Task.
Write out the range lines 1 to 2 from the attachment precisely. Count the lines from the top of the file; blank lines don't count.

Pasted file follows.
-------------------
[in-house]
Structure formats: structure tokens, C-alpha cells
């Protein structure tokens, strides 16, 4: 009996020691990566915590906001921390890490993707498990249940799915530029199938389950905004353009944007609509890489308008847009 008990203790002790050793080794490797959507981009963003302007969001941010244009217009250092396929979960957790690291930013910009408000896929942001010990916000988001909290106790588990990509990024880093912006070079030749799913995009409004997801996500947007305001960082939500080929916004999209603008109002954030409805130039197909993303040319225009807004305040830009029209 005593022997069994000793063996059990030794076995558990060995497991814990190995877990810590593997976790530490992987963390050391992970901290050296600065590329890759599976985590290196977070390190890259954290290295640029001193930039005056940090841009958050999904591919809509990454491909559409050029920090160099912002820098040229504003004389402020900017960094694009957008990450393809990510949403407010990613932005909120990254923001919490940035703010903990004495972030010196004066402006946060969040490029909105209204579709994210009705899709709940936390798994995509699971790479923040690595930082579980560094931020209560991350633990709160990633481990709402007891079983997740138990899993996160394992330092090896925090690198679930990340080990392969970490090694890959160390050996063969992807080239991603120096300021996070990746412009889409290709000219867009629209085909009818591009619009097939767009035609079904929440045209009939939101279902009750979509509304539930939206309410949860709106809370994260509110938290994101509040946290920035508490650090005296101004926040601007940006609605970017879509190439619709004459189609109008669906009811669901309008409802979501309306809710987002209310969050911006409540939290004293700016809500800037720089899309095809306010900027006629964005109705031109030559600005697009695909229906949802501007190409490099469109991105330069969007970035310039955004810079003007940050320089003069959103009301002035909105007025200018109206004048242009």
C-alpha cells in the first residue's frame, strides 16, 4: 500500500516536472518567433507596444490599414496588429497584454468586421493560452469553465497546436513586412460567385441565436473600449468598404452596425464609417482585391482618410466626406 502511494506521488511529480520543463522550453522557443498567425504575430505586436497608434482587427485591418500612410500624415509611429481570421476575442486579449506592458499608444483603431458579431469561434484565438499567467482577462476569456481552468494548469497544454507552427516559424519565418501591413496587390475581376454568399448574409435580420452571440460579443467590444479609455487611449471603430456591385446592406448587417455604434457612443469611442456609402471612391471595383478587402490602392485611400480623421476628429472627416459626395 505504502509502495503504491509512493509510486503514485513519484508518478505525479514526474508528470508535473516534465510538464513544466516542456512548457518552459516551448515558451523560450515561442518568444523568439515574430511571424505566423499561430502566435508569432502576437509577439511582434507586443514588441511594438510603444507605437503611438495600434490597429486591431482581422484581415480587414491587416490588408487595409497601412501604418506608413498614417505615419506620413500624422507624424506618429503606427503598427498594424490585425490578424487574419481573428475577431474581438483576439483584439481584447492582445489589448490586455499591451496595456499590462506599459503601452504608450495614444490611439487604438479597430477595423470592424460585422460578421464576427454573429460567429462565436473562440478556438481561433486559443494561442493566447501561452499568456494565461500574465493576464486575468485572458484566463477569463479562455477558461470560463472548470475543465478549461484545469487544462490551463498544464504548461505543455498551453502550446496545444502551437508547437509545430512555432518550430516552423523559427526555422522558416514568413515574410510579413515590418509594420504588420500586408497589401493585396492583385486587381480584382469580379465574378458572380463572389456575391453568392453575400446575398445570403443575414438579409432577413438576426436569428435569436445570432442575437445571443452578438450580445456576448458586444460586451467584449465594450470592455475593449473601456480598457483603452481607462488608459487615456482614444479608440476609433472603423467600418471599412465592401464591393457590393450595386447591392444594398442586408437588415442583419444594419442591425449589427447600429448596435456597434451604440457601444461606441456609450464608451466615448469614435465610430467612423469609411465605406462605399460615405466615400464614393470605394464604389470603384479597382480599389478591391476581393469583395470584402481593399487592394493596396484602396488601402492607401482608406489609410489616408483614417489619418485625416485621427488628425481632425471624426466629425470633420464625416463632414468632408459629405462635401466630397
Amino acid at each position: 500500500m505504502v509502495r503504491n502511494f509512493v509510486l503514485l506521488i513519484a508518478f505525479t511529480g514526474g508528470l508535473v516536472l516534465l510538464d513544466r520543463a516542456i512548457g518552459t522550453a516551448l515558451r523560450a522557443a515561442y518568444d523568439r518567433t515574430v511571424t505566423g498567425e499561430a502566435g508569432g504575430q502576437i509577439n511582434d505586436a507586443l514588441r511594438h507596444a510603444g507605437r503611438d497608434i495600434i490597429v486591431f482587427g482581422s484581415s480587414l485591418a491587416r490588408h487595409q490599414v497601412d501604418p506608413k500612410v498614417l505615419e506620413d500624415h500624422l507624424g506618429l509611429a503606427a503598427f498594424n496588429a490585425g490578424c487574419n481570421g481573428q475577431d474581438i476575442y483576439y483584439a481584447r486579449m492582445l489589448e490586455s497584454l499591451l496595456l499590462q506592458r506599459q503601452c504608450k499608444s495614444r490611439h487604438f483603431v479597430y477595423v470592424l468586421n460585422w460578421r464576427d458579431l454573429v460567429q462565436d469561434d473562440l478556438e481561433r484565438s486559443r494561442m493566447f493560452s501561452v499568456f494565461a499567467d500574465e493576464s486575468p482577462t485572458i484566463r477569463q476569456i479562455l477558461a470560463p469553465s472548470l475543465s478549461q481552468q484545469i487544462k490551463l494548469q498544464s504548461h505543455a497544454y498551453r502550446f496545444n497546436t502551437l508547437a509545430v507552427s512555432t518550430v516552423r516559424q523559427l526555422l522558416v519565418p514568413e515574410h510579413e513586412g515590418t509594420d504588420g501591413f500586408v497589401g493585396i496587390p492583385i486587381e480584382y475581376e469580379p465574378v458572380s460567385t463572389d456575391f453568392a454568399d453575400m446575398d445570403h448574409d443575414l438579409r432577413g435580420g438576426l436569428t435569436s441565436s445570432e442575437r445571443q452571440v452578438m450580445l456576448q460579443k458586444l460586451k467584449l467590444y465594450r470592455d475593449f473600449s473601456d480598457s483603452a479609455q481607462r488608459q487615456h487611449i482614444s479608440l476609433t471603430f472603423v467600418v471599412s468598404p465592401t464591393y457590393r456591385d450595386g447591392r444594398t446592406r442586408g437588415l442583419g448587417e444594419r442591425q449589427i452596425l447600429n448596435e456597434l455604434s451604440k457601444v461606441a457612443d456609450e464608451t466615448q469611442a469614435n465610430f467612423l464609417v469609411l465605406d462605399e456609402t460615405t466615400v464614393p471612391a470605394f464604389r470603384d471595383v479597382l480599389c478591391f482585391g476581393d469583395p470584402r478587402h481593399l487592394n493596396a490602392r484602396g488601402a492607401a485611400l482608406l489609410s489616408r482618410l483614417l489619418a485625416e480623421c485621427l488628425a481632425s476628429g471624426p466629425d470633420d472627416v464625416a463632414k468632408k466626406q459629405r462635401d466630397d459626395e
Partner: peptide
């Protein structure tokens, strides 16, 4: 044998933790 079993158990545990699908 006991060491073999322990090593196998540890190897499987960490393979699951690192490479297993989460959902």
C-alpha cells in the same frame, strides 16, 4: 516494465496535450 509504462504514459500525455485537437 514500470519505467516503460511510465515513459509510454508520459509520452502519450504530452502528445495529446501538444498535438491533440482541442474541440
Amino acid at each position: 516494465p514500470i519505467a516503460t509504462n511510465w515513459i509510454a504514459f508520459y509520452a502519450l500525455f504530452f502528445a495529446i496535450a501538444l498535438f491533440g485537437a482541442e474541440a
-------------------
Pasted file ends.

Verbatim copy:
[in-house]
Structure formats: structure tokens, C-alpha cells